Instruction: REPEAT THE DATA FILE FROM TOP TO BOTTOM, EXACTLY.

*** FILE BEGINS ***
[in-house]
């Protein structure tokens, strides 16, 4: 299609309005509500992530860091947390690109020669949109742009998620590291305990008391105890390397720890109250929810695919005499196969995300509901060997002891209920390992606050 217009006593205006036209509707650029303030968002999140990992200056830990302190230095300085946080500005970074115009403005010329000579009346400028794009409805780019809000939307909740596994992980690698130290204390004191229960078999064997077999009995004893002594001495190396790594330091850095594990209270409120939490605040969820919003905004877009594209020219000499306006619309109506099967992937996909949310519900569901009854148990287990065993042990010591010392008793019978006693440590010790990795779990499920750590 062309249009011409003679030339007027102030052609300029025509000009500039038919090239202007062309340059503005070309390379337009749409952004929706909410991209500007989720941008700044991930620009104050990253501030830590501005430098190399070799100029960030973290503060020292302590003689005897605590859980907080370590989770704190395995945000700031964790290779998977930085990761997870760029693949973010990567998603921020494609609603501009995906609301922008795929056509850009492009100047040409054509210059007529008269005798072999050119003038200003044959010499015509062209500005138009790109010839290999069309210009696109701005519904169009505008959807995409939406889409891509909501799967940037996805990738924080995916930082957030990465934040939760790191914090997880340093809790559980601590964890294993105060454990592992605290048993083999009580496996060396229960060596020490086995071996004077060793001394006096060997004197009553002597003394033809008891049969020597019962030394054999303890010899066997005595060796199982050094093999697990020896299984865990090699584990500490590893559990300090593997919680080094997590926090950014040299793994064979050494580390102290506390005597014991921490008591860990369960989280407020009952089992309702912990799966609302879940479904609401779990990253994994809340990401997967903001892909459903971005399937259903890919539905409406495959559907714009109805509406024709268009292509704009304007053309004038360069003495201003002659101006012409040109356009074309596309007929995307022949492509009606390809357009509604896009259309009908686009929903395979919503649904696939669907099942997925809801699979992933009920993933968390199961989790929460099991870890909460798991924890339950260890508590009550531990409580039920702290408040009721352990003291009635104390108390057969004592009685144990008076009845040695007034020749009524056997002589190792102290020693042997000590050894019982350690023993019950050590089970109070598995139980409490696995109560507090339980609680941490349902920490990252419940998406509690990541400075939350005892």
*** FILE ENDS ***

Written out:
[in-house]
């Protein structure tokens, strides 16, 4: 299609309005509500992530860091947390690109020669949109742009998620590291305990008391105890390397720890109250929810695919005499196969995300509901060997002891209920390992606050 217009006593205006036209509707650029303030968002999140990992200056830990302190230095300085946080500005970074115009403005010329000579009346400028794009409805780019809000939307909740596994992980690698130290204390004191229960078999064997077999009995004893002594001495190396790594330091850095594990209270409120939490605040969820919003905004877009594209020219000499306006619309109506099967992937996909949310519900569901009854148990287990065993042990010591010392008793019978006693440590010790990795779990499920750590 062309249009011409003679030339007027102030052609300029025509000009500039038919090239202007062309340059503005070309390379337009749409952004929706909410991209500007989720941008700044991930620009104050990253501030830590501005430098190399070799100029960030973290503060020292302590003689005897605590859980907080370590989770704190395995945000700031964790290779998977930085990761997870760029693949973010990567998603921020494609609603501009995906609301922008795929056509850009492009100047040409054509210059007529008269005798072999050119003038200003044959010499015509062209500005138009790109010839290999069309210009696109701005519904169009505008959807995409939406889409891509909501799967940037996805990738924080995916930082957030990465934040939760790191914090997880340093809790559980601590964890294993105060454990592992605290048993083999009580496996060396229960060596020490086995071996004077060793001394006096060997004197009553002597003394033809008891049969020597019962030394054999303890010899066997005595060796199982050094093999697990020896299984865990090699584990500490590893559990300090593997919680080094997590926090950014040299793994064979050494580390102290506390005597014991921490008591860990369960989280407020009952089992309702912990799966609302879940479904609401779990990253994994809340990401997967903001892909459903971005399937259903890919539905409406495959559907714009109805509406024709268009292509704009304007053309004038360069003495201003002659101006012409040109356009074309596309007929995307022949492509009606390809357009509604896009259309009908686009929903395979919503649904696939669907099942997925809801699979992933009920993933968390199961989790929460099991870890909460798991924890339950260890508590009550531990409580039920702290408040009721352990003291009635104390108390057969004592009685144990008076009845040695007034020749009524056997002589190792102290020693042997000590050894019982350690023993019950050590089970109070598995139980409490696995109560507090339980609680941490349902920490990252419940998406509690990541400075939350005892």